Let me tell you about my late beanbag. For nearly five years I used the same beanbag made of a packet of dried chickpeas in two sealed ziplocks. It was fantastic and allowed me to do these kinds of really low on the ground long exposures. Sadly, it was confiscated when I went to New Zealand on holiday since it was considered a food import. Oh well, it’ll cost me $2 to get a new one using the same method! Anyway, sunset, a puddle of water captures in the rocks but also the sea in the background, and a great kind of metallic rusty look on the rocks themselves. It was bound to work.
*Bir Hakeim Bridge*
Sometimes you don’t do long expos for specific effects like freezing water or light trails, sometimes you just do them because it’s dark and you want pin sharp focus and low ISO. This was the case here. In fact, looking back, I’m so lucky to have had this shot: this spot is very favoured by wedding photographers and it’s very rare that there isn’t some sort of shoot going on. There was that night, but they were behind me!
*The Quiet of the Blue Hour*
Lately I’ve been revisiting some old photos I never published. This is a very long exposure (60s) from 2011. I haven’t experimented with super long exposures as much as I should have, as this shot proves (I think). Also, the blue hour is really interesting: once the sun has set there’s still some light (depending on latitude) for a while, but it turns blue, hence the name. Quite evident here, the picture looks split-toned but it’s not, these are slightly tweaked colours as they were captured by the sensor.
*The Colors of Dawn*
One of the truly magical things about dawn is how quickly the light changes. I shot this a few minutes after sunrise, and the light was still purple. A minute later, it was a glorious gold. It was devilishly cold that morning (especially for me now that I live in mild temperatures Hong Kong) but really worth the 6 AM trip.
*Shadows of Brooklyn*
I got in early to catch the southern tip of Manhattan in the sunrise. There was a moment just as the sun was emerging above Brooklyn when the shadows of the skyscapers there projected onto the Manhattan skyline. This is what I captured here. I decided to give it a black and white treatment to emphasize these shadows.
Pier 7 on Embarcadero is an old fashioned wooden pier lined with metal benches and lamplights. At night it’s nearly empty and offers a very cool symmetrical perspective which I was quick to take advantage of. I wanted a low vantage point, which was tricky because my handmade beanbag (ziplock + dried chickpeas) was confiscated last time I went to New Zealand. So this was precariously balanced on my photo bag…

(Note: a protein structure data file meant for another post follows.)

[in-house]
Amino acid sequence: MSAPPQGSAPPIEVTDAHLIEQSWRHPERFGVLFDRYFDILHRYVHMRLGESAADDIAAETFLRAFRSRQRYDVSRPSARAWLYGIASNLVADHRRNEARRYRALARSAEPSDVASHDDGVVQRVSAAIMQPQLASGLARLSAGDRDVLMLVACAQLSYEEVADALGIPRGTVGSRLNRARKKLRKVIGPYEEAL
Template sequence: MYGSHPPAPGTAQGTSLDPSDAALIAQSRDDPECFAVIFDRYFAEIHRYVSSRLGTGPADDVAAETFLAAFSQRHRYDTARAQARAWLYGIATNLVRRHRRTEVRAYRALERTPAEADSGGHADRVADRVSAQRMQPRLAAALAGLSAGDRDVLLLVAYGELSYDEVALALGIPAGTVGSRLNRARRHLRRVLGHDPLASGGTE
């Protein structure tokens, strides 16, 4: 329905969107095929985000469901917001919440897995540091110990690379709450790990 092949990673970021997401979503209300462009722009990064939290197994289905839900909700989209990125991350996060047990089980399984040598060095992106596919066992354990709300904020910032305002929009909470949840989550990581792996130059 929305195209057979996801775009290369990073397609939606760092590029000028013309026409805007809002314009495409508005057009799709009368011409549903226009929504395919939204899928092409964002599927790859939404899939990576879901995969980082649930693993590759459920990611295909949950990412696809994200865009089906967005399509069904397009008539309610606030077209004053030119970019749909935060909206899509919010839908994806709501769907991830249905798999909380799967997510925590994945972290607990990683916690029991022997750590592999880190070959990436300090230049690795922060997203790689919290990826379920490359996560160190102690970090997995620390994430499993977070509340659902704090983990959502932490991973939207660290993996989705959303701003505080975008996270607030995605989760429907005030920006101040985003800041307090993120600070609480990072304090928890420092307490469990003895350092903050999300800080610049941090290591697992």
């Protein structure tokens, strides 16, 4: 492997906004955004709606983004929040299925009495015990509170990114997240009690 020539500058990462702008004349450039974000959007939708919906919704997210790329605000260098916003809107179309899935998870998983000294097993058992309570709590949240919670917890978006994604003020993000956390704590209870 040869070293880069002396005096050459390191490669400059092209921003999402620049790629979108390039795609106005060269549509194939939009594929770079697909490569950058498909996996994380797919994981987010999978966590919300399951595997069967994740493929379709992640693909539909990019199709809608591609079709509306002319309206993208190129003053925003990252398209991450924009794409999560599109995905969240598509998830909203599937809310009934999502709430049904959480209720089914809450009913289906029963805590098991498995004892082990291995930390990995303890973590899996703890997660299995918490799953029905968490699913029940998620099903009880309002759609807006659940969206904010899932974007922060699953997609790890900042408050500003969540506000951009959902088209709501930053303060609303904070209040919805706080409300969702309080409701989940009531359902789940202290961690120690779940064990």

*Central Park in Blue and Gold*
I got up brutally early that morning in NYC (jetlag sometimes helps) and made my way to Central Park before sunrise. I had targeted the reservoir, had the tripod ready and was trying to warm my hands while waiting for (hopefully) glorious golden light. I didn’t get it. Since the skyline on the eastern side of the reservoir isn’t all that exciting, I wasn’t happy with the test shots I was getting until I spotted this tree overlooking the reservoir. It allowed me to frame the skyline and add foreground interest just as the sun was rising amidst the clouds.
On one of my two mornings in NYC I headed out to Brooklyn Bridge Park and crossed my fingers for a nice sunrise. When the sun finally emerged above the Brooklyn skyline, I was blessed with a beautiful golden light which I promptly (but slowly) captured.
*Under the Bridge*
I didn’t have much time to walk around Berlin, but I did head out in the limited time I had towards Orianenstrasse. On the way I saw this expressway bridge and loved the metal framework. I didn’t have tripod so I positioned my camera on my backpack for this 20 exposure (or thereabours). It’s not perfect, I wish the car lights were more apparent, but it’s interesting and grimy.
*The Glitter of the Fake Tower*
I love doing long exposure shots and light trails, so when I saw the fake Eiffel tower glittering at night I knew I had to find a spot to do such an exposure. I had to give it six or seven try outs before I got this one (not matter what they say, a gorillapod on a lamppost is not a very stable setup) but I finally got this one and I was happy. Added bonus: unlike photos of the real Eiffel tower lights, this one is probably not illegal.